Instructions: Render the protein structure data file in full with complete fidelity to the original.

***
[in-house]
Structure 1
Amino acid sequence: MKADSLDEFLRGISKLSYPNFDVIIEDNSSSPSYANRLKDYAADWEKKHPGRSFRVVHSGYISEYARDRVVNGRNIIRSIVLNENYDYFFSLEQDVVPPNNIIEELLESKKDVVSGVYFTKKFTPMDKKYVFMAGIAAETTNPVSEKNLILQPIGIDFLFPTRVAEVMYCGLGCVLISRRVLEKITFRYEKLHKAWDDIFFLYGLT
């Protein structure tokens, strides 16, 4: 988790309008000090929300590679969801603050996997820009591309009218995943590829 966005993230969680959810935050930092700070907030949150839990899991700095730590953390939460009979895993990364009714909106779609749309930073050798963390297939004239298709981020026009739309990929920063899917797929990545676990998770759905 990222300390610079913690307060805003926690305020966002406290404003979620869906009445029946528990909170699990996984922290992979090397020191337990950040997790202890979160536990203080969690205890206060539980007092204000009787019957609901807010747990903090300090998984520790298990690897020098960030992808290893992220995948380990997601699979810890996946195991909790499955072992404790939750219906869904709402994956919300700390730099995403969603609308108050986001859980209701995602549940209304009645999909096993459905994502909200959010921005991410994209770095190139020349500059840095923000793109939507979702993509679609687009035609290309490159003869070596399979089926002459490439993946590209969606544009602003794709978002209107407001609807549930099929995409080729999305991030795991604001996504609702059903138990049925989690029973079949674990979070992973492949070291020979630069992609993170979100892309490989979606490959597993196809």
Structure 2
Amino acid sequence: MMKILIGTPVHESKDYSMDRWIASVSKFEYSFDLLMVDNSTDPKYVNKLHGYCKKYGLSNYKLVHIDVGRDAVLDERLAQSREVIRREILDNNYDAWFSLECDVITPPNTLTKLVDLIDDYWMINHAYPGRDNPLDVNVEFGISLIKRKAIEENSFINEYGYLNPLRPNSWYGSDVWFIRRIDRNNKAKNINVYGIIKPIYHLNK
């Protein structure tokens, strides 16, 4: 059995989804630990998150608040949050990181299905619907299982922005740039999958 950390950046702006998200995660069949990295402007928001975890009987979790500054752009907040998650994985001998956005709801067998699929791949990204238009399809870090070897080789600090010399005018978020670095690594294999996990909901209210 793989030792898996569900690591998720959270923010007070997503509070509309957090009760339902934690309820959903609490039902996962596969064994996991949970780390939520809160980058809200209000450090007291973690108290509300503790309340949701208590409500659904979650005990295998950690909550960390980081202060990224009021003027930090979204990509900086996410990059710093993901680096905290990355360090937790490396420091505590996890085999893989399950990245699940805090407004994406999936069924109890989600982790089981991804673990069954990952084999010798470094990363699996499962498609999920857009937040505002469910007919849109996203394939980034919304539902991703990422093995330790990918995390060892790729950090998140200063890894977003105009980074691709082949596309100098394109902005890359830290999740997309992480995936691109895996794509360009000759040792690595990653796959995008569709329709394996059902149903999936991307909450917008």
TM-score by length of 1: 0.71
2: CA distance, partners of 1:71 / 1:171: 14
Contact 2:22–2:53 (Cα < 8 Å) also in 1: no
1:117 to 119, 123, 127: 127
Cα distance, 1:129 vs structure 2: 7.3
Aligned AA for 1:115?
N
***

[in-house]
Structure 1
Amino acid sequence: MKADSLDEFLRGISKLSYPNFDVIIEDNSSSPSYANRLKDYAADWEKKHPGRSFRVVHSGYISEYARDRVVNGRNIIRSIVLNENYDYFFSLEQDVVPPNNIIEELLESKKDVVSGVYFTKKFTPMDKKYVFMAGIAAETTNPVSEKNLILQPIGIDFLFPTRVAEVMYCGLGCVLISRRVLEKITFRYEKLHKAWDDIFFLYGLT
């Protein structure tokens, strides 16, 4: 988790309008000090929300590679969801603050996997820009591309009218995943590829 966005993230969680959810935050930092700070907030949150839990899991700095730590953390939460009979895993990364009714909106779609749309930073050798963390297939004239298709981020026009739309990929920063899917797929990545676990998770759905 990222300390610079913690307060805003926690305020966002406290404003979620869906009445029946528990909170699990996984922290992979090397020191337990950040997790202890979160536990203080969690205890206060539980007092204000009787019957609901807010747990903090300090998984520790298990690897020098960030992808290893992220995948380990997601699979810890996946195991909790499955072992404790939750219906869904709402994956919300700390730099995403969603609308108050986001859980209701995602549940209304009645999909096993459905994502909200959010921005991410994209770095190139020349500059840095923000793109939507979702993509679609687009035609290309490159003869070596399979089926002459490439993946590209969606544009602003794709978002209107407001609807549930099929995409080729999305991030795991604001996504609702059903138990049925989690029973079949674990979070992973492949070291020979630069992609993170979100892309490989979606490959597993196809």
Structure 2
Amino acid sequence: MMKILIGTPVHESKDYSMDRWIASVSKFEYSFDLLMVDNSTDPKYVNKLHGYCKKYGLSNYKLVHIDVGRDAVLDERLAQSREVIRREILDNNYDAWFSLECDVITPPNTLTKLVDLIDDYWMINHAYPGRDNPLDVNVEFGISLIKRKAIEENSFINEYGYLNPLRPNSWYGSDVWFIRRIDRNNKAKNINVYGIIKPIYHLNK
């Protein structure tokens, strides 16, 4: 059995989804630990998150608040949050990181299905619907299982922005740039999958 950390950046702006998200995660069949990295402007928001975890009987979790500054752009907040998650994985001998956005709801067998699929791949990204238009399809870090070897080789600090010399005018978020670095690594294999996990909901209210 793989030792898996569900690591998720959270923010007070997503509070509309957090009760339902934690309820959903609490039902996962596969064994996991949970780390939520809160980058809200209000450090007291973690108290509300503790309340949701208590409500659904979650005990295998950690909550960390980081202060990224009021003027930090979204990509900086996410990059710093993901680096905290990355360090937790490396420091505590996890085999893989399950990245699940805090407004994406999936069924109890989600982790089981991804673990069954990952084999010798470094990363699996499962498609999920857009937040505002469910007919849109996203394939980034919304539902991703990422093995330790990918995390060892790729950090998140200063890894977003105009980074691709082949596309100098394109902005890359830290999740997309992480995936691109895996794509360009000759040792690595990653796959995008569709329709394996059902149903999936991307909450917008």
TM-score by length of 1: 0.71
2: CA distance, partners of 1:71 / 1:171: 14
Contact 2:22–2:53 (Cα < 8 Å) also in 1: no
1:117 to 119, 123, 127: 127
Cα distance, 1:129 vs structure 2: 7.3
Aligned AA for 1:115?
N